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Keywords:

  • antioxidant;
  • carry-over effect;
  • egg quality;
  • life-history trade-off;
  • maternal effect;
  • supplementary feeding;
  • vitamin E

Summary

  1. Provisioning of garden birds is a growing phenomenon, particularly during winter, but there is little empirical evidence of its true ecological impacts. One possibility is that winter provisioning could enhance subsequent breeding performance, but this seems likely to depend on the types of nutrients provided. For example, whereas effects of macronutrients such as fat are unlikely to be carried over to influence breeding in small passerines, micronutrients such as dietary vitamin E (an antioxidant) may be stored or have lasting health benefits.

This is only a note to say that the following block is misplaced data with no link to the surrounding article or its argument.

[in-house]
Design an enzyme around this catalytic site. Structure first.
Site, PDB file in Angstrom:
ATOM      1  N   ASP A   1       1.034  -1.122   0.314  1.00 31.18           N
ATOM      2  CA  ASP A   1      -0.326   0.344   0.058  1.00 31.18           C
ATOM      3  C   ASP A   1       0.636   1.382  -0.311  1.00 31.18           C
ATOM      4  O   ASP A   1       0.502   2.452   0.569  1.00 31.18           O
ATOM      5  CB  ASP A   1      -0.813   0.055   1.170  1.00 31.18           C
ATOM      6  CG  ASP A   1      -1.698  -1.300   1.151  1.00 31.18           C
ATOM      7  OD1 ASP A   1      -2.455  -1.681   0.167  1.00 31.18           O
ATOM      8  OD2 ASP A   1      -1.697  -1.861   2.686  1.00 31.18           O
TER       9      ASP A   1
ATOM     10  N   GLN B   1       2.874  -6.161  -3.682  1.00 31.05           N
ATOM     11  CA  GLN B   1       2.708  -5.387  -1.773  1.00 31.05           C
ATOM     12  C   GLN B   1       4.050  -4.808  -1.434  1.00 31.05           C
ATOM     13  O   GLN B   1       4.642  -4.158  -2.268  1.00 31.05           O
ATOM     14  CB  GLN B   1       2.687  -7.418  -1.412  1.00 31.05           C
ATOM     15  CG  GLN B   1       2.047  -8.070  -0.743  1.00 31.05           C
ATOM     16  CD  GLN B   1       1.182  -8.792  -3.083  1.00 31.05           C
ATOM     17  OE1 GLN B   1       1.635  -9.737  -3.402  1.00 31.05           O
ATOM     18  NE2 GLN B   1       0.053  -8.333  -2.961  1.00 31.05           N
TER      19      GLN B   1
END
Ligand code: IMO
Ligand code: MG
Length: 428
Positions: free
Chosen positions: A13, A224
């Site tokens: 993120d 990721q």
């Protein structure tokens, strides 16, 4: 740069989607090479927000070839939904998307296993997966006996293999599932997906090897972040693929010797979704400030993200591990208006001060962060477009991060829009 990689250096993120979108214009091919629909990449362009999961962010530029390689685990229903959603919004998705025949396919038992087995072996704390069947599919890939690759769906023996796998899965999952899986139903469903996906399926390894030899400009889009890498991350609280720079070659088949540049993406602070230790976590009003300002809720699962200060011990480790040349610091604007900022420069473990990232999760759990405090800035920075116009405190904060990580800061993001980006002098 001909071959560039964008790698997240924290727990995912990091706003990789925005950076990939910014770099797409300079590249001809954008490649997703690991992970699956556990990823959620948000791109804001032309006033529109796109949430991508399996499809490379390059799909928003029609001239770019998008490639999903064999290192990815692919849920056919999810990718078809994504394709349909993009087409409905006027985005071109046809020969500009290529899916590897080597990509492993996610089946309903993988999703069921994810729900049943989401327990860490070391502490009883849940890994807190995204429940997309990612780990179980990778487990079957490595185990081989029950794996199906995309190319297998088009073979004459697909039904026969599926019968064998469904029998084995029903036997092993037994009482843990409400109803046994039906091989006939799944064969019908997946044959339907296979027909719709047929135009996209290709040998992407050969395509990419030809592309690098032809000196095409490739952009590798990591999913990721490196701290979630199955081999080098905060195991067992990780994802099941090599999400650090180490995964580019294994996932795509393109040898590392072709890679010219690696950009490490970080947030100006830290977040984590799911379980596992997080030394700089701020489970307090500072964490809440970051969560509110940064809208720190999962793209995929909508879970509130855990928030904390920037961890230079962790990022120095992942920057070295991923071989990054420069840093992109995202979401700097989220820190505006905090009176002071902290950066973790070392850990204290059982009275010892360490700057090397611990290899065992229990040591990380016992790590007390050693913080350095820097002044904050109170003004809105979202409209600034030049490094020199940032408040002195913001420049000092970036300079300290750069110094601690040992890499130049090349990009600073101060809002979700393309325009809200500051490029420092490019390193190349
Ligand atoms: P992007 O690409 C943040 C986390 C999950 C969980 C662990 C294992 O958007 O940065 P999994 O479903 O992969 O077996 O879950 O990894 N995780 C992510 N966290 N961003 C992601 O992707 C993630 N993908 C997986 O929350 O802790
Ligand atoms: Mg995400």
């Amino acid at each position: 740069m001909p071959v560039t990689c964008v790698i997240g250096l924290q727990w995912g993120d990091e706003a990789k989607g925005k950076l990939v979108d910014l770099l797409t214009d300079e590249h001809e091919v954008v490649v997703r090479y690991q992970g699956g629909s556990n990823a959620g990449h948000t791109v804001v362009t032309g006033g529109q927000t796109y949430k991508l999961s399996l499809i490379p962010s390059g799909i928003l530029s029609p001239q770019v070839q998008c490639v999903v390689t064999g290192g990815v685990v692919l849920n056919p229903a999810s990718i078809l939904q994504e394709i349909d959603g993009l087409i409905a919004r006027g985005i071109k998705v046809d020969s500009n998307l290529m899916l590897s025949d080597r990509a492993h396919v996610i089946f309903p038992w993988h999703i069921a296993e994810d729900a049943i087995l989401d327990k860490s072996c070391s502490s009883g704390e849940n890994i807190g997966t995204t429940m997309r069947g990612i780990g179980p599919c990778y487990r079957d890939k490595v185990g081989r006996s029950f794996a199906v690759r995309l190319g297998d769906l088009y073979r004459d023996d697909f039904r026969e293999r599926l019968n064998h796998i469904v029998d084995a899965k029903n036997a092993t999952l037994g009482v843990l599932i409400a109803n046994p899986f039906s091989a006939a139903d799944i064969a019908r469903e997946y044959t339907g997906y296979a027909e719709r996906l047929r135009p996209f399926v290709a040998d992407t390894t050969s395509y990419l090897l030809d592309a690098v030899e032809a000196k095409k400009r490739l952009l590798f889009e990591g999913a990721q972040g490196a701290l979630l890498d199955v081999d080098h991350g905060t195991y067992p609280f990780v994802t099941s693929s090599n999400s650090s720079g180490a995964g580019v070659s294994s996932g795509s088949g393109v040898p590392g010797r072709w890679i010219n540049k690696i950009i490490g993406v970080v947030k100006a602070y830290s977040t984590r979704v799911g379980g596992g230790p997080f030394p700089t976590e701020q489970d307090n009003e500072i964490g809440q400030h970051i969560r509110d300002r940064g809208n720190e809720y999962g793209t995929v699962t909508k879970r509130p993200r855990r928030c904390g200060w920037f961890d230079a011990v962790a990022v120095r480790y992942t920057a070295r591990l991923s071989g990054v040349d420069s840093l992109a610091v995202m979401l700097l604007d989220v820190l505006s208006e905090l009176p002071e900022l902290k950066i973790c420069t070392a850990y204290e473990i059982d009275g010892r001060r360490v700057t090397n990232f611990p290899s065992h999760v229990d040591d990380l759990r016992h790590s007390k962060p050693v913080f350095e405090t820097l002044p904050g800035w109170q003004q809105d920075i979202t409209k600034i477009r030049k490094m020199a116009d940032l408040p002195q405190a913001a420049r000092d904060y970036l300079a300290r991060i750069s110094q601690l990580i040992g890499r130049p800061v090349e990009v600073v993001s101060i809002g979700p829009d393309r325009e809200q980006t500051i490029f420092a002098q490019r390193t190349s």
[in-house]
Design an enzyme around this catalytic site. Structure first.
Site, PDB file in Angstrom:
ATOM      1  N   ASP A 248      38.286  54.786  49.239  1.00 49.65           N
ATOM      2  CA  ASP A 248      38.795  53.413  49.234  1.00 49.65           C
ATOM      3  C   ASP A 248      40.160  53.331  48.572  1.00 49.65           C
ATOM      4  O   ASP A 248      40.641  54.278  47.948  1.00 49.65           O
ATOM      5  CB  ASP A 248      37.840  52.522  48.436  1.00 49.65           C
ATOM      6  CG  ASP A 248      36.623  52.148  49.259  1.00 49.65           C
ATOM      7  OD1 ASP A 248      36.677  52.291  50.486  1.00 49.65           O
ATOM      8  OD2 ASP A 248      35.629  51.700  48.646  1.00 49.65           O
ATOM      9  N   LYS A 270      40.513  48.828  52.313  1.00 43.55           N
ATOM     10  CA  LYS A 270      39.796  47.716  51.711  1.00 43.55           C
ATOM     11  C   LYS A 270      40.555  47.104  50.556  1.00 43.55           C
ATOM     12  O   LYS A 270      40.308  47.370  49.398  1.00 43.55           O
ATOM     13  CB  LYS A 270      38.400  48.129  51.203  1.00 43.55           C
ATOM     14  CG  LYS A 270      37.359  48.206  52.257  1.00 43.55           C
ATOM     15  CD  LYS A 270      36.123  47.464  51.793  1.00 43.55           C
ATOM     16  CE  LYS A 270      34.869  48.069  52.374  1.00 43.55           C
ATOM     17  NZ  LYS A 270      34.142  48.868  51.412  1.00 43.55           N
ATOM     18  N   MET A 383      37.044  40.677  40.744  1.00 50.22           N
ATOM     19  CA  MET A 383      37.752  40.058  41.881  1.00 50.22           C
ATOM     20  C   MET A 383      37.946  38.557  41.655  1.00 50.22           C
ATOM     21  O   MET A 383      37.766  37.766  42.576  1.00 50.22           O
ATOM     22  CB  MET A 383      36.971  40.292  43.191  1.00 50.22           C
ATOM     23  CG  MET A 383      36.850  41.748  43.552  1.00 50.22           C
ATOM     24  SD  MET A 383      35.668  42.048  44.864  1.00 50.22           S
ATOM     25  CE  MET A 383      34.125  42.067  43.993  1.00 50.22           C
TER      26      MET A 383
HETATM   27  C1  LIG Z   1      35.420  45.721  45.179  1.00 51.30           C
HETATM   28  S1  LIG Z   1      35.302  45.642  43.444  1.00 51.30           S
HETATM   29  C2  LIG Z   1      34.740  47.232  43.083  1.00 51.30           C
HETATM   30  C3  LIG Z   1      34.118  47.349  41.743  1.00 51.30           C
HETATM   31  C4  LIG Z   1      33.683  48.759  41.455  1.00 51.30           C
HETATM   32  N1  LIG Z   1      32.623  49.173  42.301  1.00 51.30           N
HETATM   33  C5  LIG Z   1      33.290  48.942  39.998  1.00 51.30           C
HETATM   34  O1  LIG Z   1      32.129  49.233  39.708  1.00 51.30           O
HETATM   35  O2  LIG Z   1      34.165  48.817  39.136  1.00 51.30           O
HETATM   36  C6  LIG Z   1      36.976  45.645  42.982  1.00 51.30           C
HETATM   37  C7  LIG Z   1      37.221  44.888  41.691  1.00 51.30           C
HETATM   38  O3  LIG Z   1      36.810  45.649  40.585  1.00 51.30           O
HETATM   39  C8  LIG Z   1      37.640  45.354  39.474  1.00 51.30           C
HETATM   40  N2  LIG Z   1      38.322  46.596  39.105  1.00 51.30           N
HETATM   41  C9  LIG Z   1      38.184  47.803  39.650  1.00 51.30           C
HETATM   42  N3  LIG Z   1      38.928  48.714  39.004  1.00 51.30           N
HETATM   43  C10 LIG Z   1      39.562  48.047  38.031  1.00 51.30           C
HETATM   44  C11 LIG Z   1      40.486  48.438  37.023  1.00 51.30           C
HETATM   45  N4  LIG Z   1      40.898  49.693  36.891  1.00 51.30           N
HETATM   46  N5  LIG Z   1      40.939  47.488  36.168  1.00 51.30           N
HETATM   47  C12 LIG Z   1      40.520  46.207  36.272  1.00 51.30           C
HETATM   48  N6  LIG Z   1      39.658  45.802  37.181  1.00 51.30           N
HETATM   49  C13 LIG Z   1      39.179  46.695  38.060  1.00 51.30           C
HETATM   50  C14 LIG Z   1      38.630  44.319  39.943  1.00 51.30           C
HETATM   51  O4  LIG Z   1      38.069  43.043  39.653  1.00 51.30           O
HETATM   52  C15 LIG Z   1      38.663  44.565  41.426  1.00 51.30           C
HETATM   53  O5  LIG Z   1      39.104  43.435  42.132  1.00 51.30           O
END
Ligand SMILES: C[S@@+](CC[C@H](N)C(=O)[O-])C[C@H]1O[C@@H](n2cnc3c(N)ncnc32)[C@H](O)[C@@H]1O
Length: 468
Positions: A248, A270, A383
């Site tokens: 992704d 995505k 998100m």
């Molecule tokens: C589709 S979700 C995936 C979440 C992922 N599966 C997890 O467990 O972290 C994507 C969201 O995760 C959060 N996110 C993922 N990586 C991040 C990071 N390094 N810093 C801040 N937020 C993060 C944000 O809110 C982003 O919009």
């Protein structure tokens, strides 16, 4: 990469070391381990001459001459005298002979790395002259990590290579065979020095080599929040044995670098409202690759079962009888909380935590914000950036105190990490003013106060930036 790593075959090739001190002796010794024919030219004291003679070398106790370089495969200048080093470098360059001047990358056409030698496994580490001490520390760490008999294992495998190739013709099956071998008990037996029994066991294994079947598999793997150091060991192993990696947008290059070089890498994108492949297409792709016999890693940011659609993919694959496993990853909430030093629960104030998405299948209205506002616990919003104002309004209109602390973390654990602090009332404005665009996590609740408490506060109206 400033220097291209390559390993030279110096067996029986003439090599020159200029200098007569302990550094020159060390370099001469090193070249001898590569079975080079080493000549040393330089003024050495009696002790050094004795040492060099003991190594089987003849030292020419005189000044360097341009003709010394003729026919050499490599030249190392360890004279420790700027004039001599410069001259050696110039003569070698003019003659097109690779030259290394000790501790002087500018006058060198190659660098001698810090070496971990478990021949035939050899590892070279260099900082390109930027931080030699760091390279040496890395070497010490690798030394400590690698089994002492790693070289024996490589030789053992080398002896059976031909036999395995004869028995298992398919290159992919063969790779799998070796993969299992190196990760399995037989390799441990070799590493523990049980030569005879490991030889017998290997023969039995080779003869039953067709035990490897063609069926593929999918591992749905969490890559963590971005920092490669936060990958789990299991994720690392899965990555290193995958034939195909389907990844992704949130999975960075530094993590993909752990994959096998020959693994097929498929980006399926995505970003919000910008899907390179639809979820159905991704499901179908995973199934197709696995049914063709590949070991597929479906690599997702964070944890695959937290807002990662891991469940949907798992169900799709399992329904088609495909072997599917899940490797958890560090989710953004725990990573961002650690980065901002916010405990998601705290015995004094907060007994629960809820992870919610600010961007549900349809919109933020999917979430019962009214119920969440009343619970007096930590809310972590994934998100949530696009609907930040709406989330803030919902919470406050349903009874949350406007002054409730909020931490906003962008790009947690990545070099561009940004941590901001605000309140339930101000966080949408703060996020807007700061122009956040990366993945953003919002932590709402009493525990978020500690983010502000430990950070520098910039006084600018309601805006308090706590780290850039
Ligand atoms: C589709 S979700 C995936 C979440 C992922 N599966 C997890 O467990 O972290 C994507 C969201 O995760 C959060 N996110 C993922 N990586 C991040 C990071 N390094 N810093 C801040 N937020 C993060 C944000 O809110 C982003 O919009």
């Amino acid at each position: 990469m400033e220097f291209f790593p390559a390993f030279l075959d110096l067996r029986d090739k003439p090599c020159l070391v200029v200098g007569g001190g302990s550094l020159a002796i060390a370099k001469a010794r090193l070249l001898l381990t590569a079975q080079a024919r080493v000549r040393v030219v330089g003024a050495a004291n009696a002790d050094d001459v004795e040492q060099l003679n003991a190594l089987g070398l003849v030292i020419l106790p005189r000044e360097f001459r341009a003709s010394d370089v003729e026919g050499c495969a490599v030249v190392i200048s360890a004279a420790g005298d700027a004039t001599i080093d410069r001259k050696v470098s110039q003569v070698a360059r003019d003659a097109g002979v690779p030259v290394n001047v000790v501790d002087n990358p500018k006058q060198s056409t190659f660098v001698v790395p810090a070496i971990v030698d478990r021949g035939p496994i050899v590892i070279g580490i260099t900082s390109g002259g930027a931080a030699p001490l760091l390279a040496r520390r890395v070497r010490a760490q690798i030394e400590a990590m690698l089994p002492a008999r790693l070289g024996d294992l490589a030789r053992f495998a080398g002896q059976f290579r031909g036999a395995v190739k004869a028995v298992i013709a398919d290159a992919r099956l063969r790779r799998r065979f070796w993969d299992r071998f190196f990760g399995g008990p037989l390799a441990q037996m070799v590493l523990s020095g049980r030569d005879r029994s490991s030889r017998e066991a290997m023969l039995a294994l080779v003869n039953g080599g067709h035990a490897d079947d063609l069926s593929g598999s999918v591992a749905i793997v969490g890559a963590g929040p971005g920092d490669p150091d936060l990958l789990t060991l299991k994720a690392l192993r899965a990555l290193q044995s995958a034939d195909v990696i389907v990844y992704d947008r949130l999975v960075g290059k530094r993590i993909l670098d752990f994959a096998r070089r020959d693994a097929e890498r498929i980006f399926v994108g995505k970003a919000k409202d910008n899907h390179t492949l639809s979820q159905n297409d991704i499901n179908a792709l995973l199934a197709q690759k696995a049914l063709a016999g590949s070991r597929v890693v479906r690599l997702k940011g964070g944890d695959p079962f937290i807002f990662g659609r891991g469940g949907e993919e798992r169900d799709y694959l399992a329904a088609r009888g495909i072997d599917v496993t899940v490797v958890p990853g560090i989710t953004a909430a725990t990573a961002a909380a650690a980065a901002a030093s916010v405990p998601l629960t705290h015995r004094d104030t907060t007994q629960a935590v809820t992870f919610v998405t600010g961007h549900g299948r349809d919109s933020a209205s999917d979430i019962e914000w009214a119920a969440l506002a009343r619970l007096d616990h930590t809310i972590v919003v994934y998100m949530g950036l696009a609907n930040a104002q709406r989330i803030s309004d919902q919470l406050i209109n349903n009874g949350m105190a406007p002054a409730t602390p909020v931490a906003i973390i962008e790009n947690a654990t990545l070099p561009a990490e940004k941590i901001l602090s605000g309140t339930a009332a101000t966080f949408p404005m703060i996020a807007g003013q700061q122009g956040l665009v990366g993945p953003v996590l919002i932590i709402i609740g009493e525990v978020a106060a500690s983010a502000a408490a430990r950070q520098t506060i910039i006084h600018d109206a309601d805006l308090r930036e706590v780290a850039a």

2. Here, we examine the carry-over effects of winter food supplements on egg production in wild populations of blue tits (Cyanistes caeruleus). Over three consecutive years, birds were provisioned with fat, fat plus vitamin E or remained unfed (controls).
  3. The provision of fat in winter resulted in smaller relative yolk mass in larger eggs and reduced yolk carotenoid concentrations in early breeders. However, these effects were not seen in birds provisioned with fat plus vitamin E. Lay date, clutch size, egg mass and yolk vitamin E concentrations were not significantly affected by winter provisioning treatment.
  4. Our results indicate that winter provisioning can have important downstream consequences, in particular affecting investment in egg production several weeks or months later.
  5. Provisioning is widely applied to support garden bird populations and for the conservation management of endangered species. However, our results challenge the assumption that such practices are always beneficial at the population level and emphasize how the ecological impacts can depend on the specific nutritional profile of provisioned foods.